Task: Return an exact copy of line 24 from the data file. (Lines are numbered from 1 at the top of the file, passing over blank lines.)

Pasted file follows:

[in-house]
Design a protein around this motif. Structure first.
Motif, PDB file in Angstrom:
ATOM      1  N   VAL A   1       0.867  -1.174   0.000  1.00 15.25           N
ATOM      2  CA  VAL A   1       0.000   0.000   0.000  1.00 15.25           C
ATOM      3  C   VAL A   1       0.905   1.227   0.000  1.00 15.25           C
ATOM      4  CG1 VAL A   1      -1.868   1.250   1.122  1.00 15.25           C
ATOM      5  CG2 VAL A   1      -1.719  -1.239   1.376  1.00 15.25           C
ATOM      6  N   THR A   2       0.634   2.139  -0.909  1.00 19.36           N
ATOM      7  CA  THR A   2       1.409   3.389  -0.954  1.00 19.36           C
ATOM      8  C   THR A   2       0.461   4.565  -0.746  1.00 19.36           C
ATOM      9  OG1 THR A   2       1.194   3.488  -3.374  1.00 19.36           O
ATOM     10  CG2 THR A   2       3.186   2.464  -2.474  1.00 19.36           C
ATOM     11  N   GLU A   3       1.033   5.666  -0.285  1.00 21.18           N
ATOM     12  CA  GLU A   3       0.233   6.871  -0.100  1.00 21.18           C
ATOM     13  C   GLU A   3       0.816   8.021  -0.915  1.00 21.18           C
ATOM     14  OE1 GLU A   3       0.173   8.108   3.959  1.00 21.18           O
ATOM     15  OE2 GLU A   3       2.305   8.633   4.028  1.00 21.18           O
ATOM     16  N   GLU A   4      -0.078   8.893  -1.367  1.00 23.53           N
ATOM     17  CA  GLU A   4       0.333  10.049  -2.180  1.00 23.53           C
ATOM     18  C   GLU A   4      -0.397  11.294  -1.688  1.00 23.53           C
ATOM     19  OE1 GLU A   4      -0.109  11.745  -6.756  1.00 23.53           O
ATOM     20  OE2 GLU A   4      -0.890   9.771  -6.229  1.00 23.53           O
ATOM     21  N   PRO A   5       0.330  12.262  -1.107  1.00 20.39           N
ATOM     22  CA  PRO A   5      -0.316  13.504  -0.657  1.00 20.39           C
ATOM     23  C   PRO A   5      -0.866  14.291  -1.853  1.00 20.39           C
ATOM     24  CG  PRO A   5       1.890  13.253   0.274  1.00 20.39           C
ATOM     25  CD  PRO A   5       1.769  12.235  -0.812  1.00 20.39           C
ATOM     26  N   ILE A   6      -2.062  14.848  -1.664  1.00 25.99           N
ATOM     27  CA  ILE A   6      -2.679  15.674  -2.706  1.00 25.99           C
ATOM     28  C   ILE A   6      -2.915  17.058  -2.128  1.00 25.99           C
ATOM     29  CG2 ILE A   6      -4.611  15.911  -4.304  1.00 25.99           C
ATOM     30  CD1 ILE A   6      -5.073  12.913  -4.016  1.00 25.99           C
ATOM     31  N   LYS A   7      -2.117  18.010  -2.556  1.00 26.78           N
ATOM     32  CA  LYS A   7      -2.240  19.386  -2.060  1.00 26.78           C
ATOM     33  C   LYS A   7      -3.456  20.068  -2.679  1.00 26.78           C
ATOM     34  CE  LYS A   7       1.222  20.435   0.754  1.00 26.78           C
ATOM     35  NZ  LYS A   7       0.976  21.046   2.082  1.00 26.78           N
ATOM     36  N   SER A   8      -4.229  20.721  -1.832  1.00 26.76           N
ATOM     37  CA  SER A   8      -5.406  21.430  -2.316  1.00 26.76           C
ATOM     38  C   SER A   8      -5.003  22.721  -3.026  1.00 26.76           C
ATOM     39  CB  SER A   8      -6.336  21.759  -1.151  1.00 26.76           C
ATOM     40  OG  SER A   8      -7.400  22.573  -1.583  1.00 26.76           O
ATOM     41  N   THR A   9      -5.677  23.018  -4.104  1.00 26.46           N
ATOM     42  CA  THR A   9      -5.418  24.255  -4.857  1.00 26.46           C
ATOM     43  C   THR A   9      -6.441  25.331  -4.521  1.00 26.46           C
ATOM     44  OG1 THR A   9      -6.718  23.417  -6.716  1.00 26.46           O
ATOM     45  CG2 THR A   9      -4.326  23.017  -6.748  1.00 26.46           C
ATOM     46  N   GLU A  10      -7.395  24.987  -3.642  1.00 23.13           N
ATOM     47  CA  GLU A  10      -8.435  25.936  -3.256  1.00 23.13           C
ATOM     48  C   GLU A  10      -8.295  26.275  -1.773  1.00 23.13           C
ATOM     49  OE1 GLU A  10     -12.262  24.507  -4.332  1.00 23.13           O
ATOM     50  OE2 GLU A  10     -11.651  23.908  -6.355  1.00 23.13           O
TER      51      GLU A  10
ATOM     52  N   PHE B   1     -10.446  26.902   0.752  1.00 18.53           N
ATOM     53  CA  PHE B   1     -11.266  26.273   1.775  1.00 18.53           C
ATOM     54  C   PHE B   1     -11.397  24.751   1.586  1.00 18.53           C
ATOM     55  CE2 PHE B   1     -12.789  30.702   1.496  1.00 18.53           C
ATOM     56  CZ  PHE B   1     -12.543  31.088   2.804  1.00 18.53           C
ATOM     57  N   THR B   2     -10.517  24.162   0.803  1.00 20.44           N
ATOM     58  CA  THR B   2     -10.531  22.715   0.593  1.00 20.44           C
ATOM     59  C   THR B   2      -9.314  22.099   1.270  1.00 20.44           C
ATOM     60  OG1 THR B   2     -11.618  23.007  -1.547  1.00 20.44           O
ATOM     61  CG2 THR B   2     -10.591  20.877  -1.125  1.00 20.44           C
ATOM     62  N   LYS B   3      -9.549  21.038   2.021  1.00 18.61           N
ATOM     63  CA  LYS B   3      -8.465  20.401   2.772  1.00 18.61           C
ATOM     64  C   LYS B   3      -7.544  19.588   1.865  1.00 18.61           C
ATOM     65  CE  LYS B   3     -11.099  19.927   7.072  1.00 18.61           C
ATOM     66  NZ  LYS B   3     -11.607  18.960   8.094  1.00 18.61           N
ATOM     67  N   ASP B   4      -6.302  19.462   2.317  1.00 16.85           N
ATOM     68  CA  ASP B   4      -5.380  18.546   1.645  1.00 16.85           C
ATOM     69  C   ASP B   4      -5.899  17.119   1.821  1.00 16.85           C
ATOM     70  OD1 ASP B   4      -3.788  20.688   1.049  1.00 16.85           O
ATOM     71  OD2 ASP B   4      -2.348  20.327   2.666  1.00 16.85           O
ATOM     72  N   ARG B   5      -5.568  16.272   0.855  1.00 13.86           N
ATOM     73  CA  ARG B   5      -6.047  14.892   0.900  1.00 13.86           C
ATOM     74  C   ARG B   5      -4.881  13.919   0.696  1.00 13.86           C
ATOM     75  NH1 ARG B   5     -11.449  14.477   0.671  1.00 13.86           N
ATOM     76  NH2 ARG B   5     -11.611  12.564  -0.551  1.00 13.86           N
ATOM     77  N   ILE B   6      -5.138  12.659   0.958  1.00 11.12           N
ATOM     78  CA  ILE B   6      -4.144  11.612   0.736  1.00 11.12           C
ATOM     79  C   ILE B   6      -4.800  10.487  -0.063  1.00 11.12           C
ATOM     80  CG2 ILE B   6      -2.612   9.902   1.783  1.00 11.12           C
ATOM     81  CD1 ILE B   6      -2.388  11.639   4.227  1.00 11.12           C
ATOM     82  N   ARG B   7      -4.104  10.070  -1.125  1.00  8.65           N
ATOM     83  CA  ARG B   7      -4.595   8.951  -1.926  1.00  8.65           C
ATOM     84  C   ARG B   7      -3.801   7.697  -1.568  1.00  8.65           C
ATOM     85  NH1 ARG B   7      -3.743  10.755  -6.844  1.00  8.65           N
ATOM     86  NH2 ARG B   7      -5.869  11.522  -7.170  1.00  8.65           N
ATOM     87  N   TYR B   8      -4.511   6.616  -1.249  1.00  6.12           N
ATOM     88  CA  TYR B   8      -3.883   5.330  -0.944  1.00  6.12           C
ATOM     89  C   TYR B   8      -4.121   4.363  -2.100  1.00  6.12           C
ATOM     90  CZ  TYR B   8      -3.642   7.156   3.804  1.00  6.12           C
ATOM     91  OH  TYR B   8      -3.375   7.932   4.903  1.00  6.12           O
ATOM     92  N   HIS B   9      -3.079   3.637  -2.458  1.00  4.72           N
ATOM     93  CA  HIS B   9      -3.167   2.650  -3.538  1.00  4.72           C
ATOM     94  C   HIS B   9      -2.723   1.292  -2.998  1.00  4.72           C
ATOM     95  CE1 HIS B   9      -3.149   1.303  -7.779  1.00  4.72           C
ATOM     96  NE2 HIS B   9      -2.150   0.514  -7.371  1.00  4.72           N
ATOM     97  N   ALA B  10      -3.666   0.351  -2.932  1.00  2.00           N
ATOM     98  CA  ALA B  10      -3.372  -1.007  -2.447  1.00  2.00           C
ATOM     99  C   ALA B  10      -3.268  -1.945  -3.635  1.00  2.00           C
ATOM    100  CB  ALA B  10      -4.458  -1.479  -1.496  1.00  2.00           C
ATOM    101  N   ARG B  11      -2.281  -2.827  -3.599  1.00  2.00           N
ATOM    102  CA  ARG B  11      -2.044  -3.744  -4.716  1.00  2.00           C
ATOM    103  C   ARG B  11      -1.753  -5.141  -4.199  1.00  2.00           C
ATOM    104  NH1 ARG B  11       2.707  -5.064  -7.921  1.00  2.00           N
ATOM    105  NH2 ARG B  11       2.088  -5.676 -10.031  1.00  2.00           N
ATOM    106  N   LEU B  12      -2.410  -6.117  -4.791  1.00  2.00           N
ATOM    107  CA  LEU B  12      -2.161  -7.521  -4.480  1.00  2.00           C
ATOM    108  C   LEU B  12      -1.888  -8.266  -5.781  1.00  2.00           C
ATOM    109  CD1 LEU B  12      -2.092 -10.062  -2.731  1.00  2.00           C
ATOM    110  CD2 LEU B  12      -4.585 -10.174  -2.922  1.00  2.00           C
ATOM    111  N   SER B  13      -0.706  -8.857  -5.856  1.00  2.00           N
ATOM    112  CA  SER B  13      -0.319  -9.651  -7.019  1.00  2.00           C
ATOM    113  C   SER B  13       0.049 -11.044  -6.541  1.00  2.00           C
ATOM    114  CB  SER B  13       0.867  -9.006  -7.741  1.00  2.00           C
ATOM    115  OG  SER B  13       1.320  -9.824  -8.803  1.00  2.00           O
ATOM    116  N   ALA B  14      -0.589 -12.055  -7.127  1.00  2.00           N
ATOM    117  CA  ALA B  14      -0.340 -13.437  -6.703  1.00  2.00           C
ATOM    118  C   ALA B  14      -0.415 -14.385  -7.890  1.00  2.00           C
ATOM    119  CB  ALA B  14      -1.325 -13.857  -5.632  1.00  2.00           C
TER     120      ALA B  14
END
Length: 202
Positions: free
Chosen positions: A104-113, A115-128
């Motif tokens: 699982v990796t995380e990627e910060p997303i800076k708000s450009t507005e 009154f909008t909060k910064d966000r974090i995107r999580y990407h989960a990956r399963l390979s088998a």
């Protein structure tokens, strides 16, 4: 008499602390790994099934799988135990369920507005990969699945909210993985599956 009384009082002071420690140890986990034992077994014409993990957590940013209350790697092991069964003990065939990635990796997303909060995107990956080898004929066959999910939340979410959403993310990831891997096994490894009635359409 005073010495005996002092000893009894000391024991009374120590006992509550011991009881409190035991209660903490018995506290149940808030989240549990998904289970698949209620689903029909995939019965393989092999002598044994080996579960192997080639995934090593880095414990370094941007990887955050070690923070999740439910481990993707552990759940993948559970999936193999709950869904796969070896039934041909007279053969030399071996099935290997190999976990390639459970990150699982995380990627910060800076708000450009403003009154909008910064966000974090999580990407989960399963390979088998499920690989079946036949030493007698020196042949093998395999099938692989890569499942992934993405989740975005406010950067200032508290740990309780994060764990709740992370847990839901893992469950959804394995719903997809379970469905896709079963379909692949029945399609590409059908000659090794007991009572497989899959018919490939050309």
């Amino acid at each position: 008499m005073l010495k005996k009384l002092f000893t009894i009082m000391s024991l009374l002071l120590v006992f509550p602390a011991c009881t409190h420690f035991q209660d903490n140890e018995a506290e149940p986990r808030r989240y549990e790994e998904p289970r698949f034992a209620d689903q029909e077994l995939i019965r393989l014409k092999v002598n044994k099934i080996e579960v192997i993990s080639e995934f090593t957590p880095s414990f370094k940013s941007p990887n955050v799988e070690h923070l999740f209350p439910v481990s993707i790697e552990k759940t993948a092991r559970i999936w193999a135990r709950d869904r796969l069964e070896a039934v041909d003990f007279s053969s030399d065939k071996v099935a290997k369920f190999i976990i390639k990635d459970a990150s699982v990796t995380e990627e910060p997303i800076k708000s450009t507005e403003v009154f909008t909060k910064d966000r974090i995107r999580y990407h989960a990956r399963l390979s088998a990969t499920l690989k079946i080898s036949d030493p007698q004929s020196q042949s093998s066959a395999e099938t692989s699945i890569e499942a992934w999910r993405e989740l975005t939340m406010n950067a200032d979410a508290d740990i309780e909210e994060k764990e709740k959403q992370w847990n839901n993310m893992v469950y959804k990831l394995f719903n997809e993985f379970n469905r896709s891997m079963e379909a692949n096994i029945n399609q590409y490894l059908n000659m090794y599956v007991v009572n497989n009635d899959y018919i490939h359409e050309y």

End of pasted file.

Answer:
ATOM     21  N   PRO A   5       0.330  12.262  -1.107  1.00 20.39           N